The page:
After the adsorption step, the particles had to pass through a magnetic field to be separated from the water that was decontaminated. A magnetic separator connected in parallel with the adsorption reactor was designed as shown in Figure 1. In that separator, a magnetic field was approached or moved away from the walls of the reservoir according to the need for separation. The flow velocity was reduced and the water was pumped from the adsorption reactor to the magnetic separator and returned to the adsorption tank. As a result, the water passed several times through the magnetic field for a better retention of the particles. In order to measure the efficiency of the magnetic separator, the MnFe2O4-G particles were weighed at the beginning of the experiment and at the end of all 4 cycles. This step was called magnetic separation.


Figure 1 - Flow diagram of the adsorption reactor and magnetic separator


After the magnetic separation, the decontaminated water was drained and discarded. In an industrial-scale situation, this water could be referred to other treatments according to the necessity.

After this first magnetic separation, the particles contaminated by glyphosate were retained in the separator and must undergo a desorption process so that the contaminant is removed from the particles, allowing them to be reused in new cycles of adsorption. In the desorption process, the particles were contacted with a solution of 0.1 M NaOH and stirred for a period of time empirically defined in 15 minutes. For this purpose, the same magnetic separator reservoir was used, this time without the magnetic field, and a pump was used as a stirrer, as shown in Figure 2. The desorption was completed and the particles were again magnetically


 Figure 2 -  Flow diagram of the desorption system


After desorption, these particles were rinsed with pure or distilled water to remove the excess of NaOH to which the particle had been exposed. This rinsing was performed in the same manner as in the desorption using the magnetic separator resevoir without the field and a 10 minute empirically assigned time bomb.

The rinsing step may be performed more than once to ensure maximum removal of NaOH. After each rinsing step, a new magnetic separation was performed, the rinse water was discarded, and the MnFe2O4-G particles were ready for further treatment processes. This stage was called rinsing.

All steps were cited and were performed in a predetermined order, according to the flowchart shown in Figure 3.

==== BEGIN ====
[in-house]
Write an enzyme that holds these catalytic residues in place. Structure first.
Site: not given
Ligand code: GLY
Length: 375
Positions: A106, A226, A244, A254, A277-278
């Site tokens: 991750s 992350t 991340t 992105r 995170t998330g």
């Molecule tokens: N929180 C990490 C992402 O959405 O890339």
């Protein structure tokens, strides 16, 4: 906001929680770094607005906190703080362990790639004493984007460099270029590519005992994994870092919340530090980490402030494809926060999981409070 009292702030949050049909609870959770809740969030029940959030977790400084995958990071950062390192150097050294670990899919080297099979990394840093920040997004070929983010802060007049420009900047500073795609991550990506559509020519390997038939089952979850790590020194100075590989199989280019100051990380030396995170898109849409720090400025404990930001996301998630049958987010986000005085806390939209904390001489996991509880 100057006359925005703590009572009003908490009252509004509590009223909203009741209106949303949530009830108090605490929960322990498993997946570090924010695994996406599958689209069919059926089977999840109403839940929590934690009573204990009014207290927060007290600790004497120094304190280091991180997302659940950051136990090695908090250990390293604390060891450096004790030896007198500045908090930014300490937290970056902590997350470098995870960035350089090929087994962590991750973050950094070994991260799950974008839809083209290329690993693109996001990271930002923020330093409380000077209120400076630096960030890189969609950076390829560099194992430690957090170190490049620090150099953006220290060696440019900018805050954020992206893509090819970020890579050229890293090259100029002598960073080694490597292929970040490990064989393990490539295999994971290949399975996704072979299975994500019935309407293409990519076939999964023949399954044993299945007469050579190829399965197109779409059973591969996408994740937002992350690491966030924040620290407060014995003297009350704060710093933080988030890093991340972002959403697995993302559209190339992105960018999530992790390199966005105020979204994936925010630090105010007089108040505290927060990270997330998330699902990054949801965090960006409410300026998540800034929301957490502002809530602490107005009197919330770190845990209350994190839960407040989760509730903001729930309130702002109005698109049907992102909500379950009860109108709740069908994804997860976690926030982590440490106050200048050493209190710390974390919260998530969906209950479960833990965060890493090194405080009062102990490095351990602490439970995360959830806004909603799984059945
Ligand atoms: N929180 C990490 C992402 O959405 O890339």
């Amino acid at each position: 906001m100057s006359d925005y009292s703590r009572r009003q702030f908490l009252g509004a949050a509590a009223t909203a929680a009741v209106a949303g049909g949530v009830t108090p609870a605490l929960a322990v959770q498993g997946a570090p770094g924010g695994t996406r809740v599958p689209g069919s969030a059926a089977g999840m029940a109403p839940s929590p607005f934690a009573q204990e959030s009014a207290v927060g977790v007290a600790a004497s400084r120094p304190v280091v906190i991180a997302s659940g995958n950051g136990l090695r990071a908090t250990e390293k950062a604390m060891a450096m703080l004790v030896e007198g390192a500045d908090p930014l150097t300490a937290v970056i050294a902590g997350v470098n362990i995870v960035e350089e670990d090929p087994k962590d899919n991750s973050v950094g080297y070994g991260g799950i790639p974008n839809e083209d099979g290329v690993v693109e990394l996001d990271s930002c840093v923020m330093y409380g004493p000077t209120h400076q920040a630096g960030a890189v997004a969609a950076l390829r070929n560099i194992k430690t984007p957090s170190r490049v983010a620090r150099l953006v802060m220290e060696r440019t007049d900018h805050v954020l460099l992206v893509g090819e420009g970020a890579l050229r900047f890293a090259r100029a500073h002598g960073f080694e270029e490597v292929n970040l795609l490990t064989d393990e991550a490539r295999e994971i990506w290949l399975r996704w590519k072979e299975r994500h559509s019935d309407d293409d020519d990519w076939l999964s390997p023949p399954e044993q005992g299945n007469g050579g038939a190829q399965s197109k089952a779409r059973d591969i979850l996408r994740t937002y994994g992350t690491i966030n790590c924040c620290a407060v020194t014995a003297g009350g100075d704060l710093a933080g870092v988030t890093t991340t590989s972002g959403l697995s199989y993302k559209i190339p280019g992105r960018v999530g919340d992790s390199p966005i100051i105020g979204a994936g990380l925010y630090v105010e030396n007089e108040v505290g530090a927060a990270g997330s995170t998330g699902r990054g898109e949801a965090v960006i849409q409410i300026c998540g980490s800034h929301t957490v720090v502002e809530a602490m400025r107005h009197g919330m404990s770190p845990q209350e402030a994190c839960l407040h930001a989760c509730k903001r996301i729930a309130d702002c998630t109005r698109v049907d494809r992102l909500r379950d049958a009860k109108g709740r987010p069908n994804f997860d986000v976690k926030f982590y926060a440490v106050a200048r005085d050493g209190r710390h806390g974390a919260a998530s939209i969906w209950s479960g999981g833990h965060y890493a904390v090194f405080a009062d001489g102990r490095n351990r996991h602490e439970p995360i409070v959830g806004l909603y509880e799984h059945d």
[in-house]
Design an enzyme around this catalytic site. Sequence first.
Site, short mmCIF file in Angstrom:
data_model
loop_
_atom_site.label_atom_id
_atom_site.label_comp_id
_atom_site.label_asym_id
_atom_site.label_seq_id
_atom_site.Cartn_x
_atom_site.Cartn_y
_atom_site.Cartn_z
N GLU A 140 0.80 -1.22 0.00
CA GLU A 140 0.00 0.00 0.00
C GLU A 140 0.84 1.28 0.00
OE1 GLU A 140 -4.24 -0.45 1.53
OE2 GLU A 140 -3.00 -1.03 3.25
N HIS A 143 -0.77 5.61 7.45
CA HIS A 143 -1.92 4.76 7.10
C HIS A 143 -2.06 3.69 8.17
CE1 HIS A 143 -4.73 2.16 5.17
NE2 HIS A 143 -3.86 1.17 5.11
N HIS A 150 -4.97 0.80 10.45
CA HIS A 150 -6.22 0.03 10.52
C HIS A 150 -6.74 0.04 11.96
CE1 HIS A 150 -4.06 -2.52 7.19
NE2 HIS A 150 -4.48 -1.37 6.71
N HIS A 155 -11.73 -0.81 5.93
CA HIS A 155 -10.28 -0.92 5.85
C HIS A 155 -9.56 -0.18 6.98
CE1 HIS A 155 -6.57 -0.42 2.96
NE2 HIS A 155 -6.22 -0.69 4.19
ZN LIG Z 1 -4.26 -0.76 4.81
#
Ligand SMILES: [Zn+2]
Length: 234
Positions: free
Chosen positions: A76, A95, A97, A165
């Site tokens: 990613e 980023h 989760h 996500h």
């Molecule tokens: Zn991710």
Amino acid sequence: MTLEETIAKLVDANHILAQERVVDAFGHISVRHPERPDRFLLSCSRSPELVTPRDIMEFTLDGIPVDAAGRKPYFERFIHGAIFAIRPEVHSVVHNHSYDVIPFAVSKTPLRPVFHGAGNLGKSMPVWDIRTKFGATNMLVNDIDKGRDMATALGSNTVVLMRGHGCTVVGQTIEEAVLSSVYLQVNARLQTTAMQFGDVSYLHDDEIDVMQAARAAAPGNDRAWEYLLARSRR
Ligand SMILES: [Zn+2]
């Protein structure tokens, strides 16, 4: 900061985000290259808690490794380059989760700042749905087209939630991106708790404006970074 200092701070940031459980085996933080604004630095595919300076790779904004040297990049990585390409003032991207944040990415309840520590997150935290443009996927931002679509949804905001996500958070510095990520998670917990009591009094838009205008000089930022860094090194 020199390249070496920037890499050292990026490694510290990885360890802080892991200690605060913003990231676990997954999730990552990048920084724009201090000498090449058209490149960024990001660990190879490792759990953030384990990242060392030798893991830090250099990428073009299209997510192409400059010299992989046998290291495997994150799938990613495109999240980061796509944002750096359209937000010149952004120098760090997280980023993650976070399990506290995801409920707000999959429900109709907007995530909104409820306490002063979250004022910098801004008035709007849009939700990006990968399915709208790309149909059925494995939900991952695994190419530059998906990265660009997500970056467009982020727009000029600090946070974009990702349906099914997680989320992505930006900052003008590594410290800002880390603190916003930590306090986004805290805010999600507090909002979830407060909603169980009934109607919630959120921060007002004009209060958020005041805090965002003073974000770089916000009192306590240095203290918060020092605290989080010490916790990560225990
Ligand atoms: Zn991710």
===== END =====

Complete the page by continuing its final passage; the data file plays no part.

Figure 3 - Flowchart with all treatment steps


2.2 Definition of materials

The first components to be acquired were the pumps. For this, since the prototype should treat the volume of 1 dm3 of water, it was attributed that the pump to be selected should have a flow rate of around 5 dm3min-1. For a better control of the flow, the pump should be fed by direct current of electricity; therefore, by varying the voltage of the pump, it would be possible to vary the flow rate.

The adsorption reactors and magnetic separator were made from PET bottles, with a volume of 1.5 dm3 for the adsorption reactor and 0.1 dm3 for the magnetic separator. The hoses used were of silicone, 10 mm and transparent.

The magnets selected for the magnetic separator were neodymium, type N52, with dimensions of 40x20x10 mm.

To facilitate the assembly, 10 mm pneumatic connections have been chosen so that the hoses could be fastened and de-attached quickly like a quick coupling. Mass and epoxy resin were used to fix the connections in the reservoirs.


3 Results and discussion

3.1 Prototype design

Figure 4 shows the layout defined for the construction of the prototype. Note that the two systems that make up the removal process are present and interconnected. On the left side of the layout is the glyphosate adsorption system and on the right side, the particle regeneration system (desorption). This was the initial proposition for setting up the prototype. Nonetheless, the adsorption and desorption processes were not constructed interconnected in this first moment. They were constructed separately but the interconnection can be easily accomplished by means of valves as shown in Figure 4.


Figure 4 - Prototype and its components: 1 stirrer; 2 adsorption reactor; 3 and 4 pumps; 5, 6, 7 and 8 valves; 9 magnetic separator


3.2 Construction of the prototype

In Figures 5 and 6, it is possible to observe the constructed prototype and being tested in the laboratory. Figure 5 shows the layout with the configuration projected next to the built prototype, showing the adsorption step. It also shows that the propeller stirrer was not required inside the adsorption reactor, due to the fact that the selected and installed pump performed the agitation of the particles successfully. Another modification concerns the entry of water into the system, which in the initial layout should be performed by a pipe. The water inflow into the system was carried out directly over the upper inlet of the reactor, by manually supplying 1 dm3 of artificially contaminated water with 20 ppm of glyphosate.